In July 2009, Whiley published her autobiography, My World in Motion, on CD from Random House Audiobooks.

The Jo Whiley Show on BBC Radio 1

From February 1997, Whiley had a weekday lunchtime show, called The Jo Whiley Show and later The Lunchtime Social. This included elements of the evening show, such as tour dates and occasional live 'sessions' at Maida Vale Studios while working within the restrictions of Radio 1's daytime schedule. When Simon Mayo left Radio 1 for Radio Five Live in February 2001, Whiley's show was moved to a mid-morning slot.

As of 2005, the BBC paid Whiley a salary of £250,000.

In July 2008, The Jo Whiley Show was fined £75,000 for misleading listeners for an incident involving a member of BBC staff posing as a member of the public taking part in a competition. The BBC claim Whiley herself was unaware of the deception at the time of its broadcast.

In July 2009, it was announced that the Jo Whiley show would end broadcasting in September as part of a major shake-up of Radio 1's weekday schedule. The shake-up, billed as the biggest at Radio 1 for five years, would see Greg James move to the afternoon slot (then occupied by Edith Bowman) and Fearne Cotton move to Whiley's slot.

Cotton took over many of Whiley's popular features including the famous Live Lounge segment. Although both Whiley and Bowman moved to weekend slots on Radio 1, the news that the duo would leave their weekday shows led to controversy, with BBC bosses facing allegations of being biased against older presenters, particularly as the announcement came shortly after the revelation that 30-year-old singer Alesha Dixon would replace the much older Arlene Phillips as a judge on Strictly Come Dancing. Her final weekday programme took place on 18 September 2009.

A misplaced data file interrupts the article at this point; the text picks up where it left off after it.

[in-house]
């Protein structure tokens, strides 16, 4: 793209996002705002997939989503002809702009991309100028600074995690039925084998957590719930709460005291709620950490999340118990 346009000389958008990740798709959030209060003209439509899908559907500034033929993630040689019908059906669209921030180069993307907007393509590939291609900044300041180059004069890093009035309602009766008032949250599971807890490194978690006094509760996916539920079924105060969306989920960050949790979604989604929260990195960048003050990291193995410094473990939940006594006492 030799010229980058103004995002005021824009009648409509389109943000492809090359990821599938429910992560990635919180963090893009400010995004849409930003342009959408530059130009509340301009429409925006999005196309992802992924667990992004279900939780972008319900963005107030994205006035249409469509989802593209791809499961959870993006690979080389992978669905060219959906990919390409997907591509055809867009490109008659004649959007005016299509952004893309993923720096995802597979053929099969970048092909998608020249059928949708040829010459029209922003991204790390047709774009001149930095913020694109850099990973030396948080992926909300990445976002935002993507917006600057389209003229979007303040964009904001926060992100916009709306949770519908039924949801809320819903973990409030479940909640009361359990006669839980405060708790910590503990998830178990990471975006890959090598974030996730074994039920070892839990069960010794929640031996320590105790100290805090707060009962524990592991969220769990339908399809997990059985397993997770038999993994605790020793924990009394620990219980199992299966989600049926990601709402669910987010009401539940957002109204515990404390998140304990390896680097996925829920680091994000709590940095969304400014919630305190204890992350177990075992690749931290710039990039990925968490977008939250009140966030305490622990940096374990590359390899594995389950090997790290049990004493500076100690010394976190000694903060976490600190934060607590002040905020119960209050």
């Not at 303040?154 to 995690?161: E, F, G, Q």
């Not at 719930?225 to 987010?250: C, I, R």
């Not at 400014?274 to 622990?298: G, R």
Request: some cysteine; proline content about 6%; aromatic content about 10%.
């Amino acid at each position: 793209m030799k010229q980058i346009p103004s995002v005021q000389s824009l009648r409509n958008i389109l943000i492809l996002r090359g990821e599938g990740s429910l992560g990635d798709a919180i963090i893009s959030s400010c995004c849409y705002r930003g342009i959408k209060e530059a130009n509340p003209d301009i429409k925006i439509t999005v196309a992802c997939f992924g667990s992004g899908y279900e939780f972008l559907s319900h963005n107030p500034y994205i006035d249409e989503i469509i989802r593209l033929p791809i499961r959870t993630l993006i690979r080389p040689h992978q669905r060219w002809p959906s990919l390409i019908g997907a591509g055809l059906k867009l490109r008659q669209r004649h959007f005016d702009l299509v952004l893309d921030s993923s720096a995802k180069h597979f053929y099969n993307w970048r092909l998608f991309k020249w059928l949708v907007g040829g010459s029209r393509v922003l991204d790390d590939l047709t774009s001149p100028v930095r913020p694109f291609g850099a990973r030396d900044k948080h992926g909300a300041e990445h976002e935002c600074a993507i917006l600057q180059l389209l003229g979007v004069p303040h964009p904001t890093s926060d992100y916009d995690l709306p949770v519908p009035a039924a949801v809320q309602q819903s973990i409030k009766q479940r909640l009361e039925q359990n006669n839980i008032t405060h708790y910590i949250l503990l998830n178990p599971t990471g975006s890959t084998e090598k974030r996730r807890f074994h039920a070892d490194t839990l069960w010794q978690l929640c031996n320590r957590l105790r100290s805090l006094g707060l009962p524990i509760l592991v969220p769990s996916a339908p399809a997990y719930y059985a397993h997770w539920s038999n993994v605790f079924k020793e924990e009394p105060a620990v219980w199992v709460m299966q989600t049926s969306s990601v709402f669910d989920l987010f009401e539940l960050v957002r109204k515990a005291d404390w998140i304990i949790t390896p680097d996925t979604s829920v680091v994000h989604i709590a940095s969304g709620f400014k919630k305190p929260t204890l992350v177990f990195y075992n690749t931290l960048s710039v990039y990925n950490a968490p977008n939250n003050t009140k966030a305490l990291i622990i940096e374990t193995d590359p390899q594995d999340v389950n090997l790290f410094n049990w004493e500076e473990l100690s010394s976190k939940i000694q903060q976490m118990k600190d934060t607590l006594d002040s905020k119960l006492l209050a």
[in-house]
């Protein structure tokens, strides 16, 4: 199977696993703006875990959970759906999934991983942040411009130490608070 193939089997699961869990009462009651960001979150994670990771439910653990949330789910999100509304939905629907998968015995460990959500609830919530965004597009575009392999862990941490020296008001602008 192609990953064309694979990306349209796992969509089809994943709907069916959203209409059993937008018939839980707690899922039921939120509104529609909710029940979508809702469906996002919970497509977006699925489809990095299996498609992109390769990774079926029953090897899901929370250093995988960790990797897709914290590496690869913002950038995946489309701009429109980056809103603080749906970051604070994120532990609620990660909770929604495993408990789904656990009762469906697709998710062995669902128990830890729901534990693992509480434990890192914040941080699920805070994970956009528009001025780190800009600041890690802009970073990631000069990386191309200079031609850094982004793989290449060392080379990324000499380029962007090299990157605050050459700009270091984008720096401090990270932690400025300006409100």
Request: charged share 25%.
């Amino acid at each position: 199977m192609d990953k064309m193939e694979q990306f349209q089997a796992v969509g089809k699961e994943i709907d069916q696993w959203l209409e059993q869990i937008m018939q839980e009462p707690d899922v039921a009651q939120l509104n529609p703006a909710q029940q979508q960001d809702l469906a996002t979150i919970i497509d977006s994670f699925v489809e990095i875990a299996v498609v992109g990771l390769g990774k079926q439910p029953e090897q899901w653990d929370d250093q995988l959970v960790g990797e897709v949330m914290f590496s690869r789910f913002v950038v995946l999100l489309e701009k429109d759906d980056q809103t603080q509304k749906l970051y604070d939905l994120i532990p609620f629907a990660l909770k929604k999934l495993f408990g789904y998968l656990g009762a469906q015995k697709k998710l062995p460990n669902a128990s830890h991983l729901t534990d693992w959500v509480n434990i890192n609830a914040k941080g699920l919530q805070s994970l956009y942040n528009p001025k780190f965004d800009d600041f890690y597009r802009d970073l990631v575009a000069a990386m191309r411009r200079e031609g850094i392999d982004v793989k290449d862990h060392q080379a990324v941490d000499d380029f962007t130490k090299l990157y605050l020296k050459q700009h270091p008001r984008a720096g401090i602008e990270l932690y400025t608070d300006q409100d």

Following the Jo Whiley Show, Whiley went on to present a weekend show on Radio 1 between 1pm and 4pm. As with her weekday show, it still featured live performances from visiting artists, as well as three new features: Jo's Road Trip and Top of the Shops and SpellStar. Her last show on Radio 1 was on 27 March 2011.

BBC Radio 2

Jo Whiley at the Electric Proms in 2010

Since August 2009, Whiley has been an occasional stand in presenter for Claudia Winkleman on Radio 2. She was first heard on the network on Friday 21 August and made subsequent appearances on 2 October, 6 November, 27 November and 18 December 2009.

In March 2010, it was announced that Whiley and fellow Radio 1 presenter Steve Lamacq would present a one-off Evening Session (the first in 13 years) on Good Friday (2 April) for BBC 6 Music. Presented another Evening Session on 28 January 2011. After being an occasional stand-in presenter on BBC Radio 2, Whiley began presenting In Concert on Thursday evenings in April 2010.